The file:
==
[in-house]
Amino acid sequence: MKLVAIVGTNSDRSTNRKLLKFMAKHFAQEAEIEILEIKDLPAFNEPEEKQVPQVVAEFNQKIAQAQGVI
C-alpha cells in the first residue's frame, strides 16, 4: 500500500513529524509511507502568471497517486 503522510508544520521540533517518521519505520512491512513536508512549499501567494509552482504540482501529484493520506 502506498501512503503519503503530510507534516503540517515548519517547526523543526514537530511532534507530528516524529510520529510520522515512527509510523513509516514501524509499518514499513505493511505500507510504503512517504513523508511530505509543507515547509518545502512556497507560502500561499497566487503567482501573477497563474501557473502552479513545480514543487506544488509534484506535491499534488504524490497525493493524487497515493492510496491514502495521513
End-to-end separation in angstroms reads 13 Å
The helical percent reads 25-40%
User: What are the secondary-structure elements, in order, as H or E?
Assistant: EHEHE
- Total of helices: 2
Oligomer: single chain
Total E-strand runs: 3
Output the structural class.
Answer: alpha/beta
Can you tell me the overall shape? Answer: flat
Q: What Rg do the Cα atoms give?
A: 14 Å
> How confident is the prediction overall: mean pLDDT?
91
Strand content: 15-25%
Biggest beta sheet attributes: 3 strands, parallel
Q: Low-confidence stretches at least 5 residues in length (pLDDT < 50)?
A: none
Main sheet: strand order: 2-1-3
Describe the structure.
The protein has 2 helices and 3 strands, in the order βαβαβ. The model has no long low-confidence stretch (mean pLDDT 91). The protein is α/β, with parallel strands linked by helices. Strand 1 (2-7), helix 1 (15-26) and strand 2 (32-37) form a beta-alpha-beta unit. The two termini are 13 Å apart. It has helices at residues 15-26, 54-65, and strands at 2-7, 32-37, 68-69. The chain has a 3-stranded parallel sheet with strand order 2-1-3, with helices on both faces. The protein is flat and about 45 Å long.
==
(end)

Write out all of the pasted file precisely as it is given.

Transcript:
[in-house]
Amino acid sequence: MKLVAIVGTNSDRSTNRKLLKFMAKHFAQEAEIEILEIKDLPAFNEPEEKQVPQVVAEFNQKIAQAQGVI
C-alpha cells in the first residue's frame, strides 16, 4: 500500500513529524509511507502568471497517486 503522510508544520521540533517518521519505520512491512513536508512549499501567494509552482504540482501529484493520506 502506498501512503503519503503530510507534516503540517515548519517547526523543526514537530511532534507530528516524529510520529510520522515512527509510523513509516514501524509499518514499513505493511505500507510504503512517504513523508511530505509543507515547509518545502512556497507560502500561499497566487503567482501573477497563474501557473502552479513545480514543487506544488509534484506535491499534488504524490497525493493524487497515493492510496491514502495521513
End-to-end separation in angstroms reads 13 Å
The helical percent reads 25-40%
User: What are the secondary-structure elements, in order, as H or E?
Assistant: EHEHE
- Total of helices: 2
Oligomer: single chain
Total E-strand runs: 3
Output the structural class.
Answer: alpha/beta
Can you tell me the overall shape? Answer: flat
Q: What Rg do the Cα atoms give?
A: 14 Å
> How confident is the prediction overall: mean pLDDT?
91
Strand content: 15-25%
Biggest beta sheet attributes: 3 strands, parallel
Q: Low-confidence stretches at least 5 residues in length (pLDDT < 50)?
A: none
Main sheet: strand order: 2-1-3
Describe the structure.
The protein has 2 helices and 3 strands, in the order βαβαβ. The model has no long low-confidence stretch (mean pLDDT 91). The protein is α/β, with parallel strands linked by helices. Strand 1 (2-7), helix 1 (15-26) and strand 2 (32-37) form a beta-alpha-beta unit. The two termini are 13 Å apart. It has helices at residues 15-26, 54-65, and strands at 2-7, 32-37, 68-69. The chain has a 3-stranded parallel sheet with strand order 2-1-3, with helices on both faces. The protein is flat and about 45 Å long.